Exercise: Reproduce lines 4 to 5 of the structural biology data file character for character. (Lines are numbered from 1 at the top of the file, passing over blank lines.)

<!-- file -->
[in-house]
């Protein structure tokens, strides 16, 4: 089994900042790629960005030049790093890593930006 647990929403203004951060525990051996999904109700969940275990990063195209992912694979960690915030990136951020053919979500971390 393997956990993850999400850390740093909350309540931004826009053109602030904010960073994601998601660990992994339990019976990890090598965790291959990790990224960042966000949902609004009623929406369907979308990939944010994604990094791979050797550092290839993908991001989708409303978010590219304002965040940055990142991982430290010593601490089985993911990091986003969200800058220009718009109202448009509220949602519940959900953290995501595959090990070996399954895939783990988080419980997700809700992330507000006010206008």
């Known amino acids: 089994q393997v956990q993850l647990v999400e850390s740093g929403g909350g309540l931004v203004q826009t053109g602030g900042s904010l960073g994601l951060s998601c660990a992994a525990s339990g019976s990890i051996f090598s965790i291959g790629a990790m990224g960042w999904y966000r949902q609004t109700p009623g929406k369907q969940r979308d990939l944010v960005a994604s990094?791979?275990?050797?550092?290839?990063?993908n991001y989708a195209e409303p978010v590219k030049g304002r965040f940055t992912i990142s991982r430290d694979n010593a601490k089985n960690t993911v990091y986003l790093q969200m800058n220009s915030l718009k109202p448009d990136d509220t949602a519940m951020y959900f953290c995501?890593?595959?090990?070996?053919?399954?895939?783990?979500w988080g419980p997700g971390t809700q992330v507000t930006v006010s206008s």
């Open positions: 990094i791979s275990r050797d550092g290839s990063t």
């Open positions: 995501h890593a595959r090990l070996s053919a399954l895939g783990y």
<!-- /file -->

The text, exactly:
């Open positions: 990094i791979s275990r050797d550092g290839s990063t």
């Open positions: 995501h890593a595959r090990l070996s053919a399954l895939g783990y």